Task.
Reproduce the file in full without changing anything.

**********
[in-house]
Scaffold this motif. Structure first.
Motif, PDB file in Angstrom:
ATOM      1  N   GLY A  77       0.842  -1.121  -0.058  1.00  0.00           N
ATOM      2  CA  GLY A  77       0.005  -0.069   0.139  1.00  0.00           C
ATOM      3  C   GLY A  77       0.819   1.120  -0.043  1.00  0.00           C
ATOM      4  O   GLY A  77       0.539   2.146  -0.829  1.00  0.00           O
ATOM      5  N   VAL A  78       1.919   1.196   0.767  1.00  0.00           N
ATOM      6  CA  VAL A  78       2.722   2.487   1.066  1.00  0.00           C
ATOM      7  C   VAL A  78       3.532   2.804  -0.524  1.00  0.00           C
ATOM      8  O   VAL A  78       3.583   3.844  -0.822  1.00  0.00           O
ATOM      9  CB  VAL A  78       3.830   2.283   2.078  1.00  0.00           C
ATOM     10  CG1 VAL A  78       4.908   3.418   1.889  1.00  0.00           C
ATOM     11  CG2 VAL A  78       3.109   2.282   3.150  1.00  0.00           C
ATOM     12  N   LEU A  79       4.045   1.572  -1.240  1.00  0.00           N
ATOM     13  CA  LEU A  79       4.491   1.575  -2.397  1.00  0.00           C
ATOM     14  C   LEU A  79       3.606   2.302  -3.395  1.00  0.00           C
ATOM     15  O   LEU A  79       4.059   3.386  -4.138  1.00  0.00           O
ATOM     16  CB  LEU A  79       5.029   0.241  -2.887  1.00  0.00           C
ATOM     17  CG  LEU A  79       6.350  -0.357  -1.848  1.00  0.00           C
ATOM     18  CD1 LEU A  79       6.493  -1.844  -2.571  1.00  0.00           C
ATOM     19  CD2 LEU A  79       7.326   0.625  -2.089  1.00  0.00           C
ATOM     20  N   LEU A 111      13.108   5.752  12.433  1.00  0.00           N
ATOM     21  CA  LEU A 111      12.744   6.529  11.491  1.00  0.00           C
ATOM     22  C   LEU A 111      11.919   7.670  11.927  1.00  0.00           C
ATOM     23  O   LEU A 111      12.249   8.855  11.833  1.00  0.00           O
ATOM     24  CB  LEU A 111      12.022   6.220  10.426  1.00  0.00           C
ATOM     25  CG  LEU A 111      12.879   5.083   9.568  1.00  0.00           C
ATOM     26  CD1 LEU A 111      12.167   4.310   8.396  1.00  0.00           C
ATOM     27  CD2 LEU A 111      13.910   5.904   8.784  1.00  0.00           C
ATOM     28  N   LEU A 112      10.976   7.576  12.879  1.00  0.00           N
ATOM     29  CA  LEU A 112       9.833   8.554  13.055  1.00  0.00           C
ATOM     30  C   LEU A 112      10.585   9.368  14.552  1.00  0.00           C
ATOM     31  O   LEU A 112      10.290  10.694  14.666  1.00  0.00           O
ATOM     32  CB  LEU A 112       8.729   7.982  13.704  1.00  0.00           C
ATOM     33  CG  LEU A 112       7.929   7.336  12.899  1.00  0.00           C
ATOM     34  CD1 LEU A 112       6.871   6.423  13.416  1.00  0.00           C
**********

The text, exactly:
[in-house]
Scaffold this motif. Structure first.
Motif, PDB file in Angstrom:
ATOM      1  N   GLY A  77       0.842  -1.121  -0.058  1.00  0.00           N
ATOM      2  CA  GLY A  77       0.005  -0.069   0.139  1.00  0.00           C
ATOM      3  C   GLY A  77       0.819   1.120  -0.043  1.00  0.00           C
ATOM      4  O   GLY A  77       0.539   2.146  -0.829  1.00  0.00           O
ATOM      5  N   VAL A  78       1.919   1.196   0.767  1.00  0.00           N
ATOM      6  CA  VAL A  78       2.722   2.487   1.066  1.00  0.00           C
ATOM      7  C   VAL A  78       3.532   2.804  -0.524  1.00  0.00           C
ATOM      8  O   VAL A  78       3.583   3.844  -0.822  1.00  0.00           O
ATOM      9  CB  VAL A  78       3.830   2.283   2.078  1.00  0.00           C
ATOM     10  CG1 VAL A  78       4.908   3.418   1.889  1.00  0.00           C
ATOM     11  CG2 VAL A  78       3.109   2.282   3.150  1.00  0.00           C
ATOM     12  N   LEU A  79       4.045   1.572  -1.240  1.00  0.00           N
ATOM     13  CA  LEU A  79       4.491   1.575  -2.397  1.00  0.00           C
ATOM     14  C   LEU A  79       3.606   2.302  -3.395  1.00  0.00           C
ATOM     15  O   LEU A  79       4.059   3.386  -4.138  1.00  0.00           O
ATOM     16  CB  LEU A  79       5.029   0.241  -2.887  1.00  0.00           C
ATOM     17  CG  LEU A  79       6.350  -0.357  -1.848  1.00  0.00           C
ATOM     18  CD1 LEU A  79       6.493  -1.844  -2.571  1.00  0.00           C
ATOM     19  CD2 LEU A  79       7.326   0.625  -2.089  1.00  0.00           C
ATOM     20  N   LEU A 111      13.108   5.752  12.433  1.00  0.00           N
ATOM     21  CA  LEU A 111      12.744   6.529  11.491  1.00  0.00           C
ATOM     22  C   LEU A 111      11.919   7.670  11.927  1.00  0.00           C
ATOM     23  O   LEU A 111      12.249   8.855  11.833  1.00  0.00           O
ATOM     24  CB  LEU A 111      12.022   6.220  10.426  1.00  0.00           C
ATOM     25  CG  LEU A 111      12.879   5.083   9.568  1.00  0.00           C
ATOM     26  CD1 LEU A 111      12.167   4.310   8.396  1.00  0.00           C
ATOM     27  CD2 LEU A 111      13.910   5.904   8.784  1.00  0.00           C
ATOM     28  N   LEU A 112      10.976   7.576  12.879  1.00  0.00           N
ATOM     29  CA  LEU A 112       9.833   8.554  13.055  1.00  0.00           C
ATOM     30  C   LEU A 112      10.585   9.368  14.552  1.00  0.00           C
ATOM     31  O   LEU A 112      10.290  10.694  14.666  1.00  0.00           O
ATOM     32  CB  LEU A 112       8.729   7.982  13.704  1.00  0.00           C
ATOM     33  CG  LEU A 112       7.929   7.336  12.899  1.00  0.00           C
ATOM     34  CD1 LEU A 112       6.871   6.423  13.416  1.00  0.00           C